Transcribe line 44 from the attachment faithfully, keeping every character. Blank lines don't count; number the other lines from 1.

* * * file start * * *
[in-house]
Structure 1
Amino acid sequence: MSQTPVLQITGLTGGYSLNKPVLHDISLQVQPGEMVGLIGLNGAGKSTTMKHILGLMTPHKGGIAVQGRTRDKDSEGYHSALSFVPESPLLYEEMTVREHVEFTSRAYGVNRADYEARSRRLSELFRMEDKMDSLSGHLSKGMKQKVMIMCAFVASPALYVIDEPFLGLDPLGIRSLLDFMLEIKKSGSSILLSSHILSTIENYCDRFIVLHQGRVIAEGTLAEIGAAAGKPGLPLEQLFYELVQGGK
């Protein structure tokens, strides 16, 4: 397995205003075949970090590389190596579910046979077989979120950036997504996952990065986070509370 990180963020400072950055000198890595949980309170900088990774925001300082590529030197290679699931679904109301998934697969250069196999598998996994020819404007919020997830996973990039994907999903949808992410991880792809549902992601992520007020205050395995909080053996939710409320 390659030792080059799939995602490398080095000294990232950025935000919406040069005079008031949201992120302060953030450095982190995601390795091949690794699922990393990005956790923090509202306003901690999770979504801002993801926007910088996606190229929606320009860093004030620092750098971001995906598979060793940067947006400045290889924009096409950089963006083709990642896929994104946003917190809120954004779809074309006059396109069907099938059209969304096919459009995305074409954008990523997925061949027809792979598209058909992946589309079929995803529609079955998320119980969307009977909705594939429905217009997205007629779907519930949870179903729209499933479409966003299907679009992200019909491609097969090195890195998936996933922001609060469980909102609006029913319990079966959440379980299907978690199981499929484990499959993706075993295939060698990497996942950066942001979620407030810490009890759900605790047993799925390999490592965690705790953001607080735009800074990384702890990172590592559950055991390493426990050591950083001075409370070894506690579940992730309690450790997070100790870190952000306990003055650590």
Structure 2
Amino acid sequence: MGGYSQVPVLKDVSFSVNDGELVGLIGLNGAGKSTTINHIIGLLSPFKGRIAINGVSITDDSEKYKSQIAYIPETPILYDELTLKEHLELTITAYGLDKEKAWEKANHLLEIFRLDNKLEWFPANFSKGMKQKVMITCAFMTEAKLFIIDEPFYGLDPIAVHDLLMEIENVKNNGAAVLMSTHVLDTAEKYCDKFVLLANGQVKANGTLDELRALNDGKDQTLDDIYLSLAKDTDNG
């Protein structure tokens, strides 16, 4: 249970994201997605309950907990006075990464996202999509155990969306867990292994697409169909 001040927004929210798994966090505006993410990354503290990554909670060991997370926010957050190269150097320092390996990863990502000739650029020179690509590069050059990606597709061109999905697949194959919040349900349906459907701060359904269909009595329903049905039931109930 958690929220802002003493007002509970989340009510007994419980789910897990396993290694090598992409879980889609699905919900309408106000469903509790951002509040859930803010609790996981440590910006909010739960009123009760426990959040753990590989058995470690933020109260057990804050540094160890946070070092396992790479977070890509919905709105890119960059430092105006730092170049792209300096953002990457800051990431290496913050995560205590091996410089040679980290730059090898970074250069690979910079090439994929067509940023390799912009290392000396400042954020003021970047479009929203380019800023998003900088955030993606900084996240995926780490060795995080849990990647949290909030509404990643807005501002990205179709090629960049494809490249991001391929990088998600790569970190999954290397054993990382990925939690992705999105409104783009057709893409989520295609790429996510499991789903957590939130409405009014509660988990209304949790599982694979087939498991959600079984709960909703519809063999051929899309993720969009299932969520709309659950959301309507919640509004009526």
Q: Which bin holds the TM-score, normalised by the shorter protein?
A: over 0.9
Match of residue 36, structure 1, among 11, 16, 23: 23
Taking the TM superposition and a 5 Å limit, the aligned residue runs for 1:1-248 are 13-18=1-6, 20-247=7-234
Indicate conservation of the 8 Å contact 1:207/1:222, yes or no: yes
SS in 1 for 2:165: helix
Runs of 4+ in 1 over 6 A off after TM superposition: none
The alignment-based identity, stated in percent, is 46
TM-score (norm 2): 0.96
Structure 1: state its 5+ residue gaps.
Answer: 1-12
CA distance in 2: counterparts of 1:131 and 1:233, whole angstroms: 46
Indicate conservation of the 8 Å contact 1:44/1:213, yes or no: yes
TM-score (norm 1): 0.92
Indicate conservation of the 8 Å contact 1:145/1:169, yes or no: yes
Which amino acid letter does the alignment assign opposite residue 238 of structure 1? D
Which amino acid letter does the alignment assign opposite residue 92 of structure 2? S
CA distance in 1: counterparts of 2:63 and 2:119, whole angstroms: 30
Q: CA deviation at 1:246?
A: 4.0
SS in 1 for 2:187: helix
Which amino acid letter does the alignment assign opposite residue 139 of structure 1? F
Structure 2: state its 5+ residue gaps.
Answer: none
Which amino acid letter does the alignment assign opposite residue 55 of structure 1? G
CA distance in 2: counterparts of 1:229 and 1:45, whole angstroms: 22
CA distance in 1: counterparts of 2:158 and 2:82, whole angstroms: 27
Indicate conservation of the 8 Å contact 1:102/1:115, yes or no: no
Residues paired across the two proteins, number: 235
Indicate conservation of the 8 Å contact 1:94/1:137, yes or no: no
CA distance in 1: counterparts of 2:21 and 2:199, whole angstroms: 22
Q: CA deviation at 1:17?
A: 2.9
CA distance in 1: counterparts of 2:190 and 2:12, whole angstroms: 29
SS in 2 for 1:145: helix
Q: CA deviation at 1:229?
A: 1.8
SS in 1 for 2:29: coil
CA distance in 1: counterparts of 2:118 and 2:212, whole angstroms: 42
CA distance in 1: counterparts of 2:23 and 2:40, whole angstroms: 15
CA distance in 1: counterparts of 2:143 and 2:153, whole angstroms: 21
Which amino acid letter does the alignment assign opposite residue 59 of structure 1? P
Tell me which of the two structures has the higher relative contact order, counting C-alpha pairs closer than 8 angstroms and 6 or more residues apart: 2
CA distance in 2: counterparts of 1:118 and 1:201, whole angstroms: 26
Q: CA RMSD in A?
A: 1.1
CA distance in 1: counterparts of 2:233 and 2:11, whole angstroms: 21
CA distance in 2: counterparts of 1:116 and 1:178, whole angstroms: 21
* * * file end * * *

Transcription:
A: 1.8